At the time of writing, it looks as if privately owned Coty is about to splash out on three separate acquisition deals. In these difficult times, it’s certainly a positive sign when a major player is sufficiently confident to put its money where its mouth is. The logic of Coty’s three deals seems reasonably clear. Get more critical mass in the core category of its mass division in Germany by buying Dr Scheller’s Manhattan nails and makeup. Move into high-end nails with OPI in the U.S., where professional nails are (sort of) akin to professional hair, in that it tends to represent the fashion end of the category. And make a move into prestige skin care—although one has to ask whether U.S.-based Philosophy is a sufficiently distinctive franchise to provide a meaningful expansion route beyond prestige fragrance? Either way, Philosophy’s previous owners, the private equity firm Carlyle, must be very pleased with life.
Strategic point: wonder who else in mass nails may think about backing up into the (small) professional channel to gain fashion trickle down?
Interesting, too, to note in passing how Dr Scheller’s previous owners, Russian company Kalina, has effectively acted like a private equity business in that it only acquired Scheller’s Manhattan in 2007 and, having stripped out excess costs, has lost little time in selling it on to Coty. Was this the Russians’ intention all along, or was it a case of needs must, or just opportunism?
Walmart’s Comfort Zone
We listened to an interesting conference call the other day organized by banking giant UBS, which seems to have a firm grasp of our industry. The subject was all about how Walmart has been deftly rowing back from what Bentonville apparently called Project Impact. This was a strategic initiative started in 2007, which involved among other things moving away from Every Day Low Pricing (EDLP) toward multiple pricing, giving more emphasis to Walmart’s own brands, prioritizing certain specific categories, and moving some merchandising initiatives from local store management to the center. It seems that Walmart has decided to move back to its comfort zone, winning back lower income shoppers with good old EDLP and, inevitably, piling more margin pressure on suppliers.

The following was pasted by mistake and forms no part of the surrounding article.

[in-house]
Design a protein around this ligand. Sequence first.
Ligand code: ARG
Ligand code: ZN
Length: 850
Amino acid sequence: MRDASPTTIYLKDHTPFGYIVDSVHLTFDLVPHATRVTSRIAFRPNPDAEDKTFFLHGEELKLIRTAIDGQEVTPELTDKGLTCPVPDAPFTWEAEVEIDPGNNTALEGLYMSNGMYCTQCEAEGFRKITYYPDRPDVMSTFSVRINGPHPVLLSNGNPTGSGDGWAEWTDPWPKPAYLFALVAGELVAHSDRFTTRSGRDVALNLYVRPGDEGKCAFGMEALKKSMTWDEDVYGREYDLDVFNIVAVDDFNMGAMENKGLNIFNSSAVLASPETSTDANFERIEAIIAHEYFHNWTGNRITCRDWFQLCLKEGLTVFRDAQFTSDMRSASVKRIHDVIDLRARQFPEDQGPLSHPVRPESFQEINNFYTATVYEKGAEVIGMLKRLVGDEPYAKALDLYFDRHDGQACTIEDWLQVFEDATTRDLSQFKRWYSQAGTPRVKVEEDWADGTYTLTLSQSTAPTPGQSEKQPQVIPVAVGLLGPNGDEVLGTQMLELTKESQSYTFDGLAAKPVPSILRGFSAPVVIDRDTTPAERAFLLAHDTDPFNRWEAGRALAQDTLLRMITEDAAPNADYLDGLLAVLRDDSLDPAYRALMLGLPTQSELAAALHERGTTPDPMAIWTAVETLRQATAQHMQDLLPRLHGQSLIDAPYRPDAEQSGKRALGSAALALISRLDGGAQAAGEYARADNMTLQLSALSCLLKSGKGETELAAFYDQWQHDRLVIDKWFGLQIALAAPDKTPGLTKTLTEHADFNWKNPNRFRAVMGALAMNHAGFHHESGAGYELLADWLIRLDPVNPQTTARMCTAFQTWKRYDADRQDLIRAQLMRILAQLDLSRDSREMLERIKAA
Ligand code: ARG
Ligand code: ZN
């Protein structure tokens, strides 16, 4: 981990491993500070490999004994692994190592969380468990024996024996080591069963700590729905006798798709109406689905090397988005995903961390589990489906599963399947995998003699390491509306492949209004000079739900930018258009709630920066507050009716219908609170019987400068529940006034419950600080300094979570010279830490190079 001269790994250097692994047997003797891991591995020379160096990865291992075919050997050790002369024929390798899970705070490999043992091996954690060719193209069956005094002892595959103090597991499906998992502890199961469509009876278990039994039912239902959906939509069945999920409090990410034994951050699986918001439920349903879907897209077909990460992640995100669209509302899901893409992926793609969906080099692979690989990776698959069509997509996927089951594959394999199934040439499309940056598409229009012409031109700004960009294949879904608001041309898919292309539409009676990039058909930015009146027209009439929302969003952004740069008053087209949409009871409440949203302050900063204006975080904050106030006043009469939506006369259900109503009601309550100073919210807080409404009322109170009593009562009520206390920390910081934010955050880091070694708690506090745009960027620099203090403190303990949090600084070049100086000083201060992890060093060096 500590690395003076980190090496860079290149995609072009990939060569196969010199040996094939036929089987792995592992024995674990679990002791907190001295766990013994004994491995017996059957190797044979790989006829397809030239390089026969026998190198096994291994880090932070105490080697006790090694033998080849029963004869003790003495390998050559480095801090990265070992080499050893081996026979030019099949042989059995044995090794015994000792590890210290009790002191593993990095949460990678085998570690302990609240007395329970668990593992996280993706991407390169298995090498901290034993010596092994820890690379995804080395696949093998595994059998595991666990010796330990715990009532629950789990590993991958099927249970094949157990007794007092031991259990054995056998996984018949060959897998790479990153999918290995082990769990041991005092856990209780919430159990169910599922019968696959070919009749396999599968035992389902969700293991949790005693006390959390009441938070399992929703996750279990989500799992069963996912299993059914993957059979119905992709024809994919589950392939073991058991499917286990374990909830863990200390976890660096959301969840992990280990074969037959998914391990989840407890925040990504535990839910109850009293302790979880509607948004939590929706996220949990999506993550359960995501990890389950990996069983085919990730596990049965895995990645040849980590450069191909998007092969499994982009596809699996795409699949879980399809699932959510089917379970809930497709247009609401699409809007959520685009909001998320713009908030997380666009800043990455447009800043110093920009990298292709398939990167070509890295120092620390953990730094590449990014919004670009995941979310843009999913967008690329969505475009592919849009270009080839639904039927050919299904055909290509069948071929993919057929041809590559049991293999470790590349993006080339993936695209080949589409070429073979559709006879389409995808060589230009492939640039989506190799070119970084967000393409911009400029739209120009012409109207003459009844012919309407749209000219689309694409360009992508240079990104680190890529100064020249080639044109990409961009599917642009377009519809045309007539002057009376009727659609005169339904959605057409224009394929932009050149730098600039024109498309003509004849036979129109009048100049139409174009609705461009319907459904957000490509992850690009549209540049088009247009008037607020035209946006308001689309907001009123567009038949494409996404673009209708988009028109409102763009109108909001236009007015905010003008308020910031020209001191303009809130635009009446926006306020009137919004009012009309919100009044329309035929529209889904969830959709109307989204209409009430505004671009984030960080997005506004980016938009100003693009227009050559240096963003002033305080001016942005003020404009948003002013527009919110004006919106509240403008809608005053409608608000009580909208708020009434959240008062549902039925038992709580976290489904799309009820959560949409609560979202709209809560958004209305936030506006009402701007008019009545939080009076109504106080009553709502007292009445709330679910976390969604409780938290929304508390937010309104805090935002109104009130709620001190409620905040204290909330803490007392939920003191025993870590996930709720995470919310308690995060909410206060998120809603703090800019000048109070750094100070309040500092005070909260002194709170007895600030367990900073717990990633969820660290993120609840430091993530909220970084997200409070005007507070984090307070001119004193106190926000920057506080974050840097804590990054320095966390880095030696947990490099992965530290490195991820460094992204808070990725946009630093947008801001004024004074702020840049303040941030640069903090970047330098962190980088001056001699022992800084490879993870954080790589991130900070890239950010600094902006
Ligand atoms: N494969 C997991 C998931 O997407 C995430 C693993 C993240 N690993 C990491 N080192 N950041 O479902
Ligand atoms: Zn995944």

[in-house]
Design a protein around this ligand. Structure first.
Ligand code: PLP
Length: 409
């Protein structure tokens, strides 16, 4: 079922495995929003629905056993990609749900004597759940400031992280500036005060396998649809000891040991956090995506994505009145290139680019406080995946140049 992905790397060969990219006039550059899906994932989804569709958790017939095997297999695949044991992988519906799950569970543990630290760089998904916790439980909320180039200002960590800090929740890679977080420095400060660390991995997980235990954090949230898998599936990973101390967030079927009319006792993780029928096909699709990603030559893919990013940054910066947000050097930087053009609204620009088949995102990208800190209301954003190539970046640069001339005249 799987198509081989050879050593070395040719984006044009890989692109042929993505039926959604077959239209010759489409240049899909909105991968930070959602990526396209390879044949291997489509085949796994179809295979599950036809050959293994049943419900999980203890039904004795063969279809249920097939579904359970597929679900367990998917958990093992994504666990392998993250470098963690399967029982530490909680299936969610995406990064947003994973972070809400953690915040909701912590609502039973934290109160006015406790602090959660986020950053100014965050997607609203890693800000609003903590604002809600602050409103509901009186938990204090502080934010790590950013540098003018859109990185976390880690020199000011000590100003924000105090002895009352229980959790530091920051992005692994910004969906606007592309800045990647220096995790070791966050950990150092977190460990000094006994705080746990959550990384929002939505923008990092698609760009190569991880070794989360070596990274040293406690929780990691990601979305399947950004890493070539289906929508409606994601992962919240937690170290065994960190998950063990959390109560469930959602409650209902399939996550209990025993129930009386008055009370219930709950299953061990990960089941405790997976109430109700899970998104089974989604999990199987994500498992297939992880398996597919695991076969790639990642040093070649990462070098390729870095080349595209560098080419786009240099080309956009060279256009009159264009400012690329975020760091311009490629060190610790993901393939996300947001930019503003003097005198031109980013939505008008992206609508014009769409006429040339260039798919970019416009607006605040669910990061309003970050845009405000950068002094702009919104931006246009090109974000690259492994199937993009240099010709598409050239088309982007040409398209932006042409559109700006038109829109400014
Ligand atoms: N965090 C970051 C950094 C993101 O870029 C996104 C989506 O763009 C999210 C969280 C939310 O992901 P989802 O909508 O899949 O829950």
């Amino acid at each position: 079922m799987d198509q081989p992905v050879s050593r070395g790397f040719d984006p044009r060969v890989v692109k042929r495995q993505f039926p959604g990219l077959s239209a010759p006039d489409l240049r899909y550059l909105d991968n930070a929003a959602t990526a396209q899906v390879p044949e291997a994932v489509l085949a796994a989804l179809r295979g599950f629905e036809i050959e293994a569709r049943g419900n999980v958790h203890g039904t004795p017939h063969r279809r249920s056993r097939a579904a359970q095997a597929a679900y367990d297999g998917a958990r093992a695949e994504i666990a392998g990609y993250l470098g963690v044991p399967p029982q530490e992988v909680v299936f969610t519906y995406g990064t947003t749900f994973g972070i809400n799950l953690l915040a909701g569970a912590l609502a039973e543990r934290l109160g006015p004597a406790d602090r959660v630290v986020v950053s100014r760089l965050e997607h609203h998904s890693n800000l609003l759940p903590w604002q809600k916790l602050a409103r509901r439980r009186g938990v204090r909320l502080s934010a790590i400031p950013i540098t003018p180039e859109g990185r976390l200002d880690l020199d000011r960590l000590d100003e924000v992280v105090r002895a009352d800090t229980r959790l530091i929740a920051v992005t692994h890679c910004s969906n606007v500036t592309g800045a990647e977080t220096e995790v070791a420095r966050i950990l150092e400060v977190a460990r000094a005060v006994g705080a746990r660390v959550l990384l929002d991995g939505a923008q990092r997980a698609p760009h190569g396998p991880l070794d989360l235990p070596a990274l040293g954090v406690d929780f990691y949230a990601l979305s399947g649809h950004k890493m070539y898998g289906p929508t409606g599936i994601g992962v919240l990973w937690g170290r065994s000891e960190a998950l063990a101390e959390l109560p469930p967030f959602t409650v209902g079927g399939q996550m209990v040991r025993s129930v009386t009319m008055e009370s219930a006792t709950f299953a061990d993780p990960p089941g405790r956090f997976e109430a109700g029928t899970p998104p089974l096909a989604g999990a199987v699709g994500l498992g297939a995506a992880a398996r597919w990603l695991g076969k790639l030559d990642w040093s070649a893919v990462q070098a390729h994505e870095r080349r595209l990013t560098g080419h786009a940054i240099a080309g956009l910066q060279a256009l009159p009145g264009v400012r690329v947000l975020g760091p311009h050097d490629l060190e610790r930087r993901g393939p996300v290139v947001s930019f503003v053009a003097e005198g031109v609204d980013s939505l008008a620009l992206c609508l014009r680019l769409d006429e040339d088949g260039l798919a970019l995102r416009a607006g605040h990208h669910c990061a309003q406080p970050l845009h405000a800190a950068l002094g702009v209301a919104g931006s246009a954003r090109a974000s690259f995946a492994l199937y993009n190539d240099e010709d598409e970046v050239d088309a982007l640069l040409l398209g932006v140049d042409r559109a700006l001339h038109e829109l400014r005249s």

In the UK, meanwhile, Walmart’s Asda subsidiary has been moving inexorably toward its parent company’s U.S. comfort zone, with HBA pricing that has been giving its competitors, Tesco and Boots, a pretty hard time. The table below gives a small snap shot of the situation. As Schlecker Branches Out If Walmart has returned to its comfort zone, Europe’s largest drugstore chain, Germany’s Schlecker, is leaving theirs in an effort to stem falling sales. The traditionally hard-nosed company has moved its total store base down from 11,000 outlets at its peak in 2005 to approximately 7,800 today, and revenues and staff numbers have fallen even more significantly. In 2009, sales fell 8% to $9.9 billion, and were expected to fall further in 2010 to below $8.9 billion. The company is privately held, but normally well-informed sources maintain that operating losses over the past three years have grown to $178 million.
Source: Colin Hession Consulting
Now, tough talking owner Anton Schlecker (66 years old), has commissioned his two children, Lars and Meike Schlecker, to take charge of his Fit For Future program, which apparently involves a complete corporate restructure over the next 18 months designed to modernize the company’s store base, cut its assortment and brighten up store ambience. The latter ought not to be difficult, since Schlecker stores are notoriously dim and dowdy, with less than inviting interiors as well as exteriors. Lars and Meike claim that things are going to change, although some commentators wonder whether their dad’s Fit For Future may be too little too late.
Right Guard Hits Bottom
When faced with the possibility of acquiring someone else’s brand, it’s always easy to argue along the lines of “we could do it better” especially, that is, when that someone is an industry giant. But it ain’t necessarily so. Consider the case of Right Guard in UK. Henkel acquired the famous deodorant brand from P&G, when the latter had to divest it in order to win Gillette. We note that Right Guard is now to be seen on the bottom shelf in Boots, as our rather sad picture shows (at left).
Strategic point: some brands inevitably do better with their original parents, rather than with adopted ones.